One of the best restaurant openings of 2021 was Abacá in Fisherman’s Wharf.
Located inside the Kimpton Alton Hotel, the restaurant is sleek, modern, and inviting with an outdoor feel. Beautiful space.
Before this brick and mortar location, chef Francis Ang held a very popular pop-up in the city called Pinoy Heritage for several years. While I never got to try the pop-up, I was intrigued by Abacá for it’s Filipino-Californian cuisine which is something new and exciting to the city.
Everything on the menu sounded amazing so choosing dishes was quite the challenge. There were two ways to approach the menu. Either order one or two large dishes with accompanying side dishes or order numerous smaller dishes. Since we wanted to try as many dishes as possible, we ordered several smaller dishes and it did not disappoint.
Since I don’t drink alcohol, they offered a mocktail version of their Ube-Colada which was out of this world! The pineapple juice with the ube coconut cream was soooo good. The rum was definitely not missed.
Pillowy warm buns were stuffed with unctuous bacon tocino and garnished with refreshing pineapple kimchi.
You can’t have Filipino food without lumpia. They had a pork or vegetarian version and we opted for the pork. The apple ketchup with fermented mango was a nice counterpart to the fried food.
A vibrant salad with gorgeous heirloom tomatoes and juicy peaches from K&J Orchards were nestled on top of a creamy mung bean hummus. I liked the addition of the croutons for some crunch. The only thing missing was a little bit of seasoning.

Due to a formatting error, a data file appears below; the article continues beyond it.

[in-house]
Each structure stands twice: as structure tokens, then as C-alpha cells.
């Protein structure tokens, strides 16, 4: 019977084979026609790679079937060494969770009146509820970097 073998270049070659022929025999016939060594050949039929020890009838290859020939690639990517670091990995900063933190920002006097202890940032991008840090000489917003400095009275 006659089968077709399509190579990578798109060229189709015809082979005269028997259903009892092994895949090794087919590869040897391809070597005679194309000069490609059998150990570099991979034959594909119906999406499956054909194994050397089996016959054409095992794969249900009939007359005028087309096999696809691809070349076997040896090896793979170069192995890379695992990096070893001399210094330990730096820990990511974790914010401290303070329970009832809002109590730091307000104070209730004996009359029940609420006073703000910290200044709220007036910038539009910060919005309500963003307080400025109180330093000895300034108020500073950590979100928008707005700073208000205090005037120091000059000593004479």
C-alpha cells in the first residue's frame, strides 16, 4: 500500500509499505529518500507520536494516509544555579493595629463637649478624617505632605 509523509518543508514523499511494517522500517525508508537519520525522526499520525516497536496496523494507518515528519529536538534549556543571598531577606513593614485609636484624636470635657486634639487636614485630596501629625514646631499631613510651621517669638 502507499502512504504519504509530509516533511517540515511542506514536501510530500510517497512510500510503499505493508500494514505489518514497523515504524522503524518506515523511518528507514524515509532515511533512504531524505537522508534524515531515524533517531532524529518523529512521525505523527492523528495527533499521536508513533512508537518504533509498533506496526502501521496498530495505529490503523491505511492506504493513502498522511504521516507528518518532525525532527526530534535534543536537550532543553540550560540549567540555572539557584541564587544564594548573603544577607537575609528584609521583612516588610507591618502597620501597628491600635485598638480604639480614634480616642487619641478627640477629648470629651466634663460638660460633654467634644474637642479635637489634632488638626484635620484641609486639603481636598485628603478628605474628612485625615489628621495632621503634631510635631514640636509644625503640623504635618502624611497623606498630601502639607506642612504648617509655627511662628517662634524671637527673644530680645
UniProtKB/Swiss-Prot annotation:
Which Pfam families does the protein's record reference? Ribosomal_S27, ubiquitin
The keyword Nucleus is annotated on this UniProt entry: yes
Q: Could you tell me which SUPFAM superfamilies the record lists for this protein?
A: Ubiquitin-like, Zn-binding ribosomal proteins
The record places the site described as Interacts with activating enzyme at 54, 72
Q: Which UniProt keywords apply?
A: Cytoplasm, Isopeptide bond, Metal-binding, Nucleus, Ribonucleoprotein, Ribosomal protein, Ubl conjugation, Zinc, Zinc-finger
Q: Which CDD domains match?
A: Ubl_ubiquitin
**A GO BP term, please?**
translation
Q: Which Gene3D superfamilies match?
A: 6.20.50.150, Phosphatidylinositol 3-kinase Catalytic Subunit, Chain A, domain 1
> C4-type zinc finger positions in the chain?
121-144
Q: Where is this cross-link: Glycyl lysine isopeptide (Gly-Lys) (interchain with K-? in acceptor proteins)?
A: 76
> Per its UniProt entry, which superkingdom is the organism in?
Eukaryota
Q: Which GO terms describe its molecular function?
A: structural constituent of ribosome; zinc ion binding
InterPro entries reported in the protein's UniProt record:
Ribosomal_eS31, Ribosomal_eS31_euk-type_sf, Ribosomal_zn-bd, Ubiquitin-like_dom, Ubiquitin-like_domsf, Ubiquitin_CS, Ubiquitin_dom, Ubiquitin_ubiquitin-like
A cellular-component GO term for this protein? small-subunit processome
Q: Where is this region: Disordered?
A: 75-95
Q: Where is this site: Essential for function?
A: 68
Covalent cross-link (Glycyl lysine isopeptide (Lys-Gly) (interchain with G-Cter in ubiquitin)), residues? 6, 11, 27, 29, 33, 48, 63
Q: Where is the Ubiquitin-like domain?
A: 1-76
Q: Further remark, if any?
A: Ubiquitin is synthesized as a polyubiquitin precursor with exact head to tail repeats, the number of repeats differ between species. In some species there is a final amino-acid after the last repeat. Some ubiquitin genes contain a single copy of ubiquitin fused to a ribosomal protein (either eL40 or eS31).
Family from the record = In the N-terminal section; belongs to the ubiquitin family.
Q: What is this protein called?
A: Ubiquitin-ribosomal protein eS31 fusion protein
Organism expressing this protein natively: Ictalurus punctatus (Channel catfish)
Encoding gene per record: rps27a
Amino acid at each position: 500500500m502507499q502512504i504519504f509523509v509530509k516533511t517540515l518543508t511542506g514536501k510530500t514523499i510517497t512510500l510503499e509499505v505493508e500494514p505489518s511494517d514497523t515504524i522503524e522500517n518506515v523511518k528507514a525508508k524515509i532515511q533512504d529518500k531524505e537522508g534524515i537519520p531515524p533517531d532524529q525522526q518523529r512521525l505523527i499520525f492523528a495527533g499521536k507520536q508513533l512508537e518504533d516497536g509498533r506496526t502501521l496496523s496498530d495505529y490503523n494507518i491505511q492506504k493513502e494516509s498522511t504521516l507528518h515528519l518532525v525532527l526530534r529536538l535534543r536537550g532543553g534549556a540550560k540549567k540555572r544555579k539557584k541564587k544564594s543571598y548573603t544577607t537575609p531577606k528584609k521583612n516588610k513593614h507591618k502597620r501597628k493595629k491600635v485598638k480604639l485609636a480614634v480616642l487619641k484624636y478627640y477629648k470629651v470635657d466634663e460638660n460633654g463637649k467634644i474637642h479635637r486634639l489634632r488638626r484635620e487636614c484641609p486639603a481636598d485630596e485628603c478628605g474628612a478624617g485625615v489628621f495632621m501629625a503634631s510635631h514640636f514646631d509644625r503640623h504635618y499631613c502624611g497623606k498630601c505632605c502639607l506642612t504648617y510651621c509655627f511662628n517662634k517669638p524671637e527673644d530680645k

This was one of the highlights of the meal. Thinly cut pork was skewered and charred with a banana BBQ sauce and garnished with atchara (a pickle made from unripe papaya).
Another delicious bite was like pork sausage served with an egg yolk and cane vinegar mixture.
Our least favorite skewer was the chicken as it needed a little bit of seasoning. I did enjoy the coconut notes though.
This kabocha squash fritter was seasoned with funky black garlic and pinakurat vinegar ( a vinegar made with coconut, chiles, and other aromatics).
Sisig is a Filipino dish made with various cuts of pork and chicken liver. Their version had pork with crunchy chicharron pieces, an onsen style egg, and pickled onion. So yummy.
The last savory dish was their homemade noodles, also known as pancit, with baby scallops and baby corn in a rich XO bagoong (fermented fish condiment) sauce.
The banana cake was inside the silky chocolate mousse. So decadent.
The silky corn crémeux was served with an umani Parmesan ice cream. What an interesting flavor combination that surprisingly worked.
I loved this cream puff stuffed with coconut pastry cream and raspberry compote. On top of the cream puff were lychee gummys giving a nice floral flavor and chewy texture.
Filipino cuisine isn’t represented enough and certainly there aren’t any innovative restaurants showcasing their cuisine. Abacá is a wonderful addition to the city so my rating is an 8-8.5/10.